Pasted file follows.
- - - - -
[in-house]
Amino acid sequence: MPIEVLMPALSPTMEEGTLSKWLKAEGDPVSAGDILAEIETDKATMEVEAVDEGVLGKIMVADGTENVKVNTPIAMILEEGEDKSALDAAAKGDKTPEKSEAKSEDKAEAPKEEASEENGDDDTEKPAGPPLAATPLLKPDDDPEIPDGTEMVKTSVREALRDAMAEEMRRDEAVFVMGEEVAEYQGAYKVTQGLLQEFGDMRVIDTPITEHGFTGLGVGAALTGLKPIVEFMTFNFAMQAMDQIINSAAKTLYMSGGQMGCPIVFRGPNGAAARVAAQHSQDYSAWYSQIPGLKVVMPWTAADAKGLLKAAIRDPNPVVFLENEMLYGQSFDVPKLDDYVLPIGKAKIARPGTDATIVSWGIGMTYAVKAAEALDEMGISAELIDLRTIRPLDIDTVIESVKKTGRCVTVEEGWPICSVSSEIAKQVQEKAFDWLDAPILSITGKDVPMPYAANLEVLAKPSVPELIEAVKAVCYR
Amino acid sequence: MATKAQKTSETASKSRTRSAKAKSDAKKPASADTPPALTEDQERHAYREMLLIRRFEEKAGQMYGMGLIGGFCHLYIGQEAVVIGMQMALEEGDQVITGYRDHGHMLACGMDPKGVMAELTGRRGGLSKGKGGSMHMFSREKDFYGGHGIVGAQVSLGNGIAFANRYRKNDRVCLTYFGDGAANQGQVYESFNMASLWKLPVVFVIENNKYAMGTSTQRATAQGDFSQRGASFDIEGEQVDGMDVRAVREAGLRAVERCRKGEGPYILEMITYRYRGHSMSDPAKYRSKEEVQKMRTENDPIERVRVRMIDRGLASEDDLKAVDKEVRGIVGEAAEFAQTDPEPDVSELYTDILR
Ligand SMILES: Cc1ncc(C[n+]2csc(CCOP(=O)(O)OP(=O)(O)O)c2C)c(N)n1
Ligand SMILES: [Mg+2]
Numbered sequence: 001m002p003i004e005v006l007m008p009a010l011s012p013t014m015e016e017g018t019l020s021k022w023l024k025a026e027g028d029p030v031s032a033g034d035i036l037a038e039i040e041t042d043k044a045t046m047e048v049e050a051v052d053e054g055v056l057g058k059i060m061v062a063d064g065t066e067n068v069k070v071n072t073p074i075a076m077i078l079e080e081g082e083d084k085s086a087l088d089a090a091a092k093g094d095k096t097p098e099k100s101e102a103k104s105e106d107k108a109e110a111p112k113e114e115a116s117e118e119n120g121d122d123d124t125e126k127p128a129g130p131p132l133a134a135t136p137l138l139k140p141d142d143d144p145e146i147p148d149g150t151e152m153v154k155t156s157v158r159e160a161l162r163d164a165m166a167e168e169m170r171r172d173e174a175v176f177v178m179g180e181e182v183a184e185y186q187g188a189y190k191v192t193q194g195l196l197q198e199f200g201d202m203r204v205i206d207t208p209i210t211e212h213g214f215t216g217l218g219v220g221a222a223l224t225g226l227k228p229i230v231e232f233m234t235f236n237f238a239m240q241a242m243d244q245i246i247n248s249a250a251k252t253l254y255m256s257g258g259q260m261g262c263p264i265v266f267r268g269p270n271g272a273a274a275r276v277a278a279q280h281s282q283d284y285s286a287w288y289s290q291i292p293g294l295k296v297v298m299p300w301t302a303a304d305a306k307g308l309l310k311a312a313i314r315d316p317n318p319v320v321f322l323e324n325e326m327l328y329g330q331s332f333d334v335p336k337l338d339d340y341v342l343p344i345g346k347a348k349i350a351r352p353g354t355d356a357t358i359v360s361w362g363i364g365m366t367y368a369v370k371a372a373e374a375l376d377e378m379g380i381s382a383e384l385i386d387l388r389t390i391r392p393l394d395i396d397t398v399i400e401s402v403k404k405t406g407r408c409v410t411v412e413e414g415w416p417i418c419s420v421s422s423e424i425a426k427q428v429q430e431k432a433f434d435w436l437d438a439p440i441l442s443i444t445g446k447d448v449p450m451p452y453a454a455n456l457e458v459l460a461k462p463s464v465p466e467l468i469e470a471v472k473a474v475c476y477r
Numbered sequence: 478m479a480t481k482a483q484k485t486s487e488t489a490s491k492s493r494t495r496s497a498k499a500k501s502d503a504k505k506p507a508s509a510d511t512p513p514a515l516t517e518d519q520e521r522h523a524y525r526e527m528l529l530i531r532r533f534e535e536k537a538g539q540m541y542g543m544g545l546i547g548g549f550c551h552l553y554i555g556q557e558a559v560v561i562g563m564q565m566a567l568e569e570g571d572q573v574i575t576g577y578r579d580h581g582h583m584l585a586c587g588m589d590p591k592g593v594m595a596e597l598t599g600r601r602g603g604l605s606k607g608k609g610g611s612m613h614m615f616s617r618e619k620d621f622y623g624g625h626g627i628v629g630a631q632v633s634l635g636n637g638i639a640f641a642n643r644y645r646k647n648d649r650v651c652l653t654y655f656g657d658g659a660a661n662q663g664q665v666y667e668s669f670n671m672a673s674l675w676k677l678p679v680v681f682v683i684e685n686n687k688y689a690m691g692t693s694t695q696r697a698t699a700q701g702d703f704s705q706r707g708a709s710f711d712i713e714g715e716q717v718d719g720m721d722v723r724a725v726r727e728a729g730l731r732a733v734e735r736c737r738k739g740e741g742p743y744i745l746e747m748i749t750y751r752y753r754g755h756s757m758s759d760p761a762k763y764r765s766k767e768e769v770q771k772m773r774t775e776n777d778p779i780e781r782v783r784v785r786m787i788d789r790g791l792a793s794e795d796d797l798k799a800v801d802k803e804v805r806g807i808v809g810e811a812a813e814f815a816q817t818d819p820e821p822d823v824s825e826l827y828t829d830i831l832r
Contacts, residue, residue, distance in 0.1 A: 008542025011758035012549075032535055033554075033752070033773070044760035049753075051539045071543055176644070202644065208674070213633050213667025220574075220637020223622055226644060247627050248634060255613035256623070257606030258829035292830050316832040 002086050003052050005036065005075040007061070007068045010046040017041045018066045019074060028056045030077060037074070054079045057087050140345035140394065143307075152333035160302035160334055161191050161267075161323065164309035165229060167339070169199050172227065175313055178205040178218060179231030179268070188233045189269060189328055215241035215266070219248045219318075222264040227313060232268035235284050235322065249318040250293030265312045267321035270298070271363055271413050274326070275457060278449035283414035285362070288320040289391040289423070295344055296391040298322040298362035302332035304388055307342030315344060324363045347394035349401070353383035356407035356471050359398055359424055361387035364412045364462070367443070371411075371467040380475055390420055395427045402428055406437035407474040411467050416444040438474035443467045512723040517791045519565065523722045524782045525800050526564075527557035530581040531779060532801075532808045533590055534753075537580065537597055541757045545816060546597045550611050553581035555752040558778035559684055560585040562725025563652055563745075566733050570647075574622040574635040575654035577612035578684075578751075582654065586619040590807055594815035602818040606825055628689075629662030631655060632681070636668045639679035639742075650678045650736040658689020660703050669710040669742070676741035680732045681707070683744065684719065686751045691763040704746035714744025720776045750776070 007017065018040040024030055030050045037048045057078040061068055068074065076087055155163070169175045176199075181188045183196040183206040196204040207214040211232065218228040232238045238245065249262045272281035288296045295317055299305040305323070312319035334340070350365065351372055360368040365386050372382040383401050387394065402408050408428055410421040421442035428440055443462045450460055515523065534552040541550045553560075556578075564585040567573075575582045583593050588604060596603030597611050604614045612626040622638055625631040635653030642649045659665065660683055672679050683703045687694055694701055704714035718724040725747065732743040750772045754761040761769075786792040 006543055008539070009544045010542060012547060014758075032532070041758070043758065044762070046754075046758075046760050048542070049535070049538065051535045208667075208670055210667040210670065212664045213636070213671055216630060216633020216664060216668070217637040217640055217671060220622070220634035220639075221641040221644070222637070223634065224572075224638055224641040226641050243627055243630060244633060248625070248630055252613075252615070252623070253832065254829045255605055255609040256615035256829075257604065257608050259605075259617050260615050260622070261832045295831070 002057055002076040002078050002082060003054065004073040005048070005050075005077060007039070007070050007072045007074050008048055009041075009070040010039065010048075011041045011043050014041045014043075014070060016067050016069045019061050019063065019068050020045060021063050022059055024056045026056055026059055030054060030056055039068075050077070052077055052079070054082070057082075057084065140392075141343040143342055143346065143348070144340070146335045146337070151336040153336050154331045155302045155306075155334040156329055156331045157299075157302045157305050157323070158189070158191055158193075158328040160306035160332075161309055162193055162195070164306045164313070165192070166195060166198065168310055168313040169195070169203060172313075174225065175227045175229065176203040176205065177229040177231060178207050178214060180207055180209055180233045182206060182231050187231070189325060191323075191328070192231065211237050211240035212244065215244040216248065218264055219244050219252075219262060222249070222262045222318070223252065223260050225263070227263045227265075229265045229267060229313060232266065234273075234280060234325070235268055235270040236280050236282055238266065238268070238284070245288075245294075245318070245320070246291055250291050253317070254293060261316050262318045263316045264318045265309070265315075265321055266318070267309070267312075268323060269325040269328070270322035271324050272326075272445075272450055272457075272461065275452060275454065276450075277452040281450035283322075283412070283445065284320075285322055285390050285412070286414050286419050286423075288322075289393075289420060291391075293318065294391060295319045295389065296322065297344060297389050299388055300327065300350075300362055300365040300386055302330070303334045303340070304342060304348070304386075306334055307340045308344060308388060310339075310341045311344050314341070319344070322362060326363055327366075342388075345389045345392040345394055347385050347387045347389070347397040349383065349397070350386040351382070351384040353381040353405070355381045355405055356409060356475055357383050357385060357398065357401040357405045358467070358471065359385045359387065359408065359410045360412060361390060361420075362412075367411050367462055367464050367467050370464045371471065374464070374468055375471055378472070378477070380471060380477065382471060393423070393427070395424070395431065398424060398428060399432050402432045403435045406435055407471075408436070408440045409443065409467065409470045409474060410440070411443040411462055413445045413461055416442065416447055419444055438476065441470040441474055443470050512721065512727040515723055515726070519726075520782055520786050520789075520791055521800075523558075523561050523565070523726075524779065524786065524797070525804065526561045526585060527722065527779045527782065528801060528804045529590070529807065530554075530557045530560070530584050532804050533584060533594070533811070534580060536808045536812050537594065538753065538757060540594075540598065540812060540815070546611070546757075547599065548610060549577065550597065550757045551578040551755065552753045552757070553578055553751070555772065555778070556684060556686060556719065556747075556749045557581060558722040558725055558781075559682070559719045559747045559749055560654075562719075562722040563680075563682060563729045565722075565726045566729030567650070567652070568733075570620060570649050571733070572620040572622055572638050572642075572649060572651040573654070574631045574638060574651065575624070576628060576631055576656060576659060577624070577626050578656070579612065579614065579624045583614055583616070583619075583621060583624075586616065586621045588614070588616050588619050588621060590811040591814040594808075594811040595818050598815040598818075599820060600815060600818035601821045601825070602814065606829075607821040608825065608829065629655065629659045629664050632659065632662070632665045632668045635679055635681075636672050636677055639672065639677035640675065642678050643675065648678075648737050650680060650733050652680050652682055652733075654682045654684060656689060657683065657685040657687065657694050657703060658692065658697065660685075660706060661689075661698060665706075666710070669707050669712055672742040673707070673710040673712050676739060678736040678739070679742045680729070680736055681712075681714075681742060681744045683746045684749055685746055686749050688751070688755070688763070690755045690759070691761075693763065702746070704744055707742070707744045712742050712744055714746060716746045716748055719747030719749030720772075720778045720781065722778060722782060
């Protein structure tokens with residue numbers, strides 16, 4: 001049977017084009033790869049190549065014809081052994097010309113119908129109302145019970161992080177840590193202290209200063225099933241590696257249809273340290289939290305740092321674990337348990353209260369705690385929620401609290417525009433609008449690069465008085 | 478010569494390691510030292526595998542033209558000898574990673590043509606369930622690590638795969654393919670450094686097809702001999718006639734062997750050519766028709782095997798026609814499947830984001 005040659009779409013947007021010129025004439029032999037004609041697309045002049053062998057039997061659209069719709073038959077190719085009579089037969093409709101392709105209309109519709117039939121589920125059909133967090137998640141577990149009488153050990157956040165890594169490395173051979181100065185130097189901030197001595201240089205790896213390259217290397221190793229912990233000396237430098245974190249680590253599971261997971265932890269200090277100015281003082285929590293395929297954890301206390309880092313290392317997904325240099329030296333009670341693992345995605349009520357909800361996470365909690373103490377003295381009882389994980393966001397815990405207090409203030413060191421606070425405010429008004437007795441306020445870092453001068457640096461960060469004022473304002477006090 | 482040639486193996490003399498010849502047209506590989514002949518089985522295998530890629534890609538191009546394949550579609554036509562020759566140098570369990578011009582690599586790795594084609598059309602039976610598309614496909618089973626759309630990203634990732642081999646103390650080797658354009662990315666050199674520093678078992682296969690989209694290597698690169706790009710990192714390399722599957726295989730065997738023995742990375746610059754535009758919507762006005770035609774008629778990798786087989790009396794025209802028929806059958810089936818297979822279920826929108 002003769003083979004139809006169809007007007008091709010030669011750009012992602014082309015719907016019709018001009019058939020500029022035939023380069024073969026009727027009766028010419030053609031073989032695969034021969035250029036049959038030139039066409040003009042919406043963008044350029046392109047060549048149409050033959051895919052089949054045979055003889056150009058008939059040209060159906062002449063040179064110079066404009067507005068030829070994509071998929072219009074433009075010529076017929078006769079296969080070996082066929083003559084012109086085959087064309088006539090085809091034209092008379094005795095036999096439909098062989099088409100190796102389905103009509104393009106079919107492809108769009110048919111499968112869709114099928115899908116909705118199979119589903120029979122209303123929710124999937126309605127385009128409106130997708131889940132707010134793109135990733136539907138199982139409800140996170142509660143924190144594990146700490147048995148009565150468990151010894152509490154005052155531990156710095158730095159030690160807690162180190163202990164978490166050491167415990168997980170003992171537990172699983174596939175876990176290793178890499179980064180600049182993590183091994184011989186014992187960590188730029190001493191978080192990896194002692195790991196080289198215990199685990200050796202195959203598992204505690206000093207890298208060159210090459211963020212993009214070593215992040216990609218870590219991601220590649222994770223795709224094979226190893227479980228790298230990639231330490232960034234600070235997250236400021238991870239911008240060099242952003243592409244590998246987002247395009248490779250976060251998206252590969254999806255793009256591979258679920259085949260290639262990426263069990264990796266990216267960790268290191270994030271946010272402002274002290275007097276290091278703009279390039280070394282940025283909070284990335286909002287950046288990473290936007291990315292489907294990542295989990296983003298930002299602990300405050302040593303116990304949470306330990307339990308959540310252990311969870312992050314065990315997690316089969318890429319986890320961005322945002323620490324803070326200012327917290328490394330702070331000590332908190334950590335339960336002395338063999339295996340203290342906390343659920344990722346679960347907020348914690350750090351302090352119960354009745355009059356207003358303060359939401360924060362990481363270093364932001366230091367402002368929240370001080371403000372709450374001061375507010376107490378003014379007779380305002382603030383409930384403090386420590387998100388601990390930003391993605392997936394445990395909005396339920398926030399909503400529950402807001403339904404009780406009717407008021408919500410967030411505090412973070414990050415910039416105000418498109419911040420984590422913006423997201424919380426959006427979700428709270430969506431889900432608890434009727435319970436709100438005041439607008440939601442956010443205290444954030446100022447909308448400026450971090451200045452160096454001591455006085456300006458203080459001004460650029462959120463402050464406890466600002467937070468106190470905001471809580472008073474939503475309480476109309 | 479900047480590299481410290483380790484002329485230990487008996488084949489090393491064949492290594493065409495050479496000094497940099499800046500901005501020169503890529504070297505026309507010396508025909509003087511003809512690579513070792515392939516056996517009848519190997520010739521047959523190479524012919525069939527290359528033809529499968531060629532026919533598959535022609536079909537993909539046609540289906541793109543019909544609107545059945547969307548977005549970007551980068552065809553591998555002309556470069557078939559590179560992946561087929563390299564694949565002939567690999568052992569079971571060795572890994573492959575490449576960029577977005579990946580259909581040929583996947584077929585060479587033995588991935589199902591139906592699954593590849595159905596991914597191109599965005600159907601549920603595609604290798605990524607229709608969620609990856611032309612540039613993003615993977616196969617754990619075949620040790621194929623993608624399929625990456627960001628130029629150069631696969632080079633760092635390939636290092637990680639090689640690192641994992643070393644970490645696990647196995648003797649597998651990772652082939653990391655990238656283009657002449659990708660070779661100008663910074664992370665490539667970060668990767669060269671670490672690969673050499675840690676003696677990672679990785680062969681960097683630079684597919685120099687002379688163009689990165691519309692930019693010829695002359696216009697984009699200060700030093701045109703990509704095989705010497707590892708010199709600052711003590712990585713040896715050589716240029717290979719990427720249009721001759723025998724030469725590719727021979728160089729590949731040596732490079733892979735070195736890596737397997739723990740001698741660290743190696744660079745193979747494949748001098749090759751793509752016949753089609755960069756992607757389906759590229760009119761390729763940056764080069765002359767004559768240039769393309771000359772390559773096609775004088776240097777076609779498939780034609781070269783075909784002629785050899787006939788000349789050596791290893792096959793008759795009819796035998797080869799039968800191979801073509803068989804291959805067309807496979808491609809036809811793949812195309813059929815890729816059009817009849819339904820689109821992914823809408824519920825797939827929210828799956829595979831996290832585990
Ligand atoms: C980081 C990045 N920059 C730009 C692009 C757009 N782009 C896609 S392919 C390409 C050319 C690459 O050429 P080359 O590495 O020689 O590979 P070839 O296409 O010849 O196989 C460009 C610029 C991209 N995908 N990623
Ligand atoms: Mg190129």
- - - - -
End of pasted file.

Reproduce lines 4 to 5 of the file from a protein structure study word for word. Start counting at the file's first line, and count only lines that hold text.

Ligand SMILES: Cc1ncc(C[n+]2csc(CCOP(=O)(O)OP(=O)(O)O)c2C)c(N)n1
Ligand SMILES: [Mg+2]